Wild Mustangs in the Morning

There are few experiences I enjoy more than when I encounter wild hores feeding on flooded tidal flats when I’m kayaking. Of course for that to happen you need to be paddling at high tide and the horse need to be out feeding. The next best thing, at least in my mind, is to hike out on the flats at low tide to make images of these graceful animals. That is exactly how I spent this morning.

Some folks are surprised to learn that there are herds of horses living free along the east coast. They might even be more surprised to learn that these horses have lived here before any wild mustang set hoof in the western Unitied States. Likely left behind during early colonization attempts, there have been horses living on these barrier islands for more than 400 years! However, the horses I photographed this morning, the herd living within the Rachel Carson Estuarine Reserve, have a little different story. In the 1940s the islands that today make up the reserve weren’t part of any kind of reserve. A local doctor kept a herd of horses on the island..This herd largely consisted of Core Banks ponies… the famous Banker Horses… but he also occassionally purchased horese at auctions around North Carolina and Virgina. These domestic animals, mostly Quarter Horses, inter-bred with the Core Banks horses. Over the years the herd was abandoned and eventually the state acquired the property. This is the orgin of the wild horse herd that lives within the reserve.

The herd living within the Rachel Carson Estuarine Reserve is kept at around forty head. The Carolina Estuarine Reserve Foundation which manages the reserve uses birth control shots to help manage the size of the herd. This keeps the herd at a size that won’t over task the avaialbe resources within the reserve. Of course occassionally a new foal is born and this spring the reserve is home to a new-born. It’s quite a treat to observe this fine young fellow.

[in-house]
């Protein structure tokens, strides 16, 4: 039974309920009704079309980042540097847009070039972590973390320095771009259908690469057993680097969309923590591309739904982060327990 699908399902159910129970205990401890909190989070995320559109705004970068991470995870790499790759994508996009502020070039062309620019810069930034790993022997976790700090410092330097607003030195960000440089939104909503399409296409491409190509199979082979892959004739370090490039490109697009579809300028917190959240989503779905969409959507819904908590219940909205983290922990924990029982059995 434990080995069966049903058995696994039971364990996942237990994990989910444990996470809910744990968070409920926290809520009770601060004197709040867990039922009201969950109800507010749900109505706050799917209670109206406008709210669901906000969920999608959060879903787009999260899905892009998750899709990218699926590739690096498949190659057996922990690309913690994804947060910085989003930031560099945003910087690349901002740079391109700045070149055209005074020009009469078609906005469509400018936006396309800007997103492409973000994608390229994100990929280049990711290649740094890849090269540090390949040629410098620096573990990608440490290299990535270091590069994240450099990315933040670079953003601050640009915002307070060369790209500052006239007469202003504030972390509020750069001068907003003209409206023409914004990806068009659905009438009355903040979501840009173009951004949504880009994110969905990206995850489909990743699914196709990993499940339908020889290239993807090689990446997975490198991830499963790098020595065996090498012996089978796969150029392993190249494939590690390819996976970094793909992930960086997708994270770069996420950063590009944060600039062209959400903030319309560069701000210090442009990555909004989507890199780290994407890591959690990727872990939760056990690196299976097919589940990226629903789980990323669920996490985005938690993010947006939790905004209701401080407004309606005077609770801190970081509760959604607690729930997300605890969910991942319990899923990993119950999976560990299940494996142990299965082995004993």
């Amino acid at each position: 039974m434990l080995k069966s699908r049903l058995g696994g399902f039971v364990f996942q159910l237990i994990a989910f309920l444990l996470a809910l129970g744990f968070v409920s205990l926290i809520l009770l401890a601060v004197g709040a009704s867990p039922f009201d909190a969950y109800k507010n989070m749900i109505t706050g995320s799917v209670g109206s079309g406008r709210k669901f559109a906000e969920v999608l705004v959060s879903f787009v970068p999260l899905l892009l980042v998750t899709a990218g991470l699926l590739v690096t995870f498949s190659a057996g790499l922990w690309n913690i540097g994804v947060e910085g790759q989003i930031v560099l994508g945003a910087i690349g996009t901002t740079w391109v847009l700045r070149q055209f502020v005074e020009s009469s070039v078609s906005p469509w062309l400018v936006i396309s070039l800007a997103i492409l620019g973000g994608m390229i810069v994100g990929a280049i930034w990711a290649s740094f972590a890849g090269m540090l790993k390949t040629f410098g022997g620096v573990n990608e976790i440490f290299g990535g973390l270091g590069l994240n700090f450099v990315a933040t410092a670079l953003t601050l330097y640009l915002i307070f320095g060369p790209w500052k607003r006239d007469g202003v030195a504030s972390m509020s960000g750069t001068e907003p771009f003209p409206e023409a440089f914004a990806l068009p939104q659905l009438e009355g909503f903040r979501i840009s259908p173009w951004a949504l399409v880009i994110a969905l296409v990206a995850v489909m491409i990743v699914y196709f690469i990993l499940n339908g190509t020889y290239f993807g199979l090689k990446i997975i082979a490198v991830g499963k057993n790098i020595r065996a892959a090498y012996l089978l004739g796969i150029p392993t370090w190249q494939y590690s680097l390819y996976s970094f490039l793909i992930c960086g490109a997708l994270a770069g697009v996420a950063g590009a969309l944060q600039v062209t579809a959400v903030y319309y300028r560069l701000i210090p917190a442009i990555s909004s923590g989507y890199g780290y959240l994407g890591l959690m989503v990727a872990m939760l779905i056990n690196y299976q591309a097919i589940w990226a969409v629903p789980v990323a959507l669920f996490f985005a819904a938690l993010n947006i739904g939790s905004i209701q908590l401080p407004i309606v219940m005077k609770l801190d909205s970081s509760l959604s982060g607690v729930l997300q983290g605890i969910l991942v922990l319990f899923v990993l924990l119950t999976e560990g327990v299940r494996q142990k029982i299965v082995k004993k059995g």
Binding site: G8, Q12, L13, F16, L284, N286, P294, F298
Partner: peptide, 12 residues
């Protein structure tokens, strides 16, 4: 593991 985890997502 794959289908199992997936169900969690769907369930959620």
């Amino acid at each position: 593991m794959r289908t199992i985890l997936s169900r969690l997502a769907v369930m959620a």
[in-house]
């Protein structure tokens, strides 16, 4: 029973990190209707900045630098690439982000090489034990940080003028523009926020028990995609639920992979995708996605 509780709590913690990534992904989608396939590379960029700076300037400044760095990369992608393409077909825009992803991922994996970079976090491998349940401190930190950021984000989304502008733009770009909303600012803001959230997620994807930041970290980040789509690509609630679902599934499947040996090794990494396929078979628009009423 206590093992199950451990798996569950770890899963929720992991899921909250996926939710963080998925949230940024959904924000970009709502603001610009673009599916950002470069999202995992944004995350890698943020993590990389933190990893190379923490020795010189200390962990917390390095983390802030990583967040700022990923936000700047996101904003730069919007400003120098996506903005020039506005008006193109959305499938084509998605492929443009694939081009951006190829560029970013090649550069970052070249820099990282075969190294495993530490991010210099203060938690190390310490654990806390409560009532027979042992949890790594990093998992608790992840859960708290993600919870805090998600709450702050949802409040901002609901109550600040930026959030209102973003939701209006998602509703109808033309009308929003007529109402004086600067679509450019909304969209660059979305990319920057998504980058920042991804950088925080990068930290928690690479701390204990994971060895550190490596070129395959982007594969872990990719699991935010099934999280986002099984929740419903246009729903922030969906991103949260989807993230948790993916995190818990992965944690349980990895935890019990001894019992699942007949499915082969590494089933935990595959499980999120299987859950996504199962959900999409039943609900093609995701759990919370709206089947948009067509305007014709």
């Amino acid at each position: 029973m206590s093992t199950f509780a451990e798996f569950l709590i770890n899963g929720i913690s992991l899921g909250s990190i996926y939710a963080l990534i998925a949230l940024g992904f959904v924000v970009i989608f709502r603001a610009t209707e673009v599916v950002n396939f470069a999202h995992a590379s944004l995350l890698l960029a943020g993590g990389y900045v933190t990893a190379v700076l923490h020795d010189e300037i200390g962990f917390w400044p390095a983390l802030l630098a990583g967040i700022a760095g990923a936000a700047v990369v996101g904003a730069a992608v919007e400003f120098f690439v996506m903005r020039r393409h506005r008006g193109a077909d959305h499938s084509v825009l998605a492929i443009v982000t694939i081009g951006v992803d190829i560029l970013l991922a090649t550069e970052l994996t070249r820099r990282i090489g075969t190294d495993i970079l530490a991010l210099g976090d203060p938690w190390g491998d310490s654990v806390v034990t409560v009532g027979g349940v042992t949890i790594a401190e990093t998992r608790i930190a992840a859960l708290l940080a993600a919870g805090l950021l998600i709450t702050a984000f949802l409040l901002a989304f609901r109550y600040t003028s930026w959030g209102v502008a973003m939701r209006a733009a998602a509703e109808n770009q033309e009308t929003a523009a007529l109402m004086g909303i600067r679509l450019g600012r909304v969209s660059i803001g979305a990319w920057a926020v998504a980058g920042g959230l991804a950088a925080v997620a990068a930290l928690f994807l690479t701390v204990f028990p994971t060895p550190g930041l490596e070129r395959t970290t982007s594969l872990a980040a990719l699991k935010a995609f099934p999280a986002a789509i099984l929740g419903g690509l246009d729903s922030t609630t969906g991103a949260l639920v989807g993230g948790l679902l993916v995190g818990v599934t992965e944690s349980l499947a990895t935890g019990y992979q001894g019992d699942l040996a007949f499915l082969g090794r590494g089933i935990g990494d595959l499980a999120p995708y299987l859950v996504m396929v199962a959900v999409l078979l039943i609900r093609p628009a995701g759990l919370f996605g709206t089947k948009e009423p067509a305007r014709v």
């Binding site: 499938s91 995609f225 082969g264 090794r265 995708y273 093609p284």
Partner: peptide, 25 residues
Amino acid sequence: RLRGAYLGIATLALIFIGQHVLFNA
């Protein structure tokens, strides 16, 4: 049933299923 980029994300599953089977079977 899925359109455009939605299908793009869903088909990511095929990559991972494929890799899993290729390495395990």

Following are a few images from this morning’s expedition. I hope you enjoy them.

Horses roam the tidal flats of the Rachel Carson Estuarine Reserve

Thought closely related these animals are not pure Banker Horses

Tour guides tell stories of the horses swimming across Back Sound from Shackleford Banks to Carrot Island but the truth is the horses are the remnants of a domestic hed kept on the property in the 1940s.

The herds bloodlines include the famed Banker Horse and the domestically bred Quarter Horse.

The horses feed mainly on Spartina grass that grows on the tidal flats.

Life in the reserve is not easy for the horses, but these magnificant animals do manage.

This entry was posted in Banker Horses, Natural History in the Carolinas, Nature Photography.

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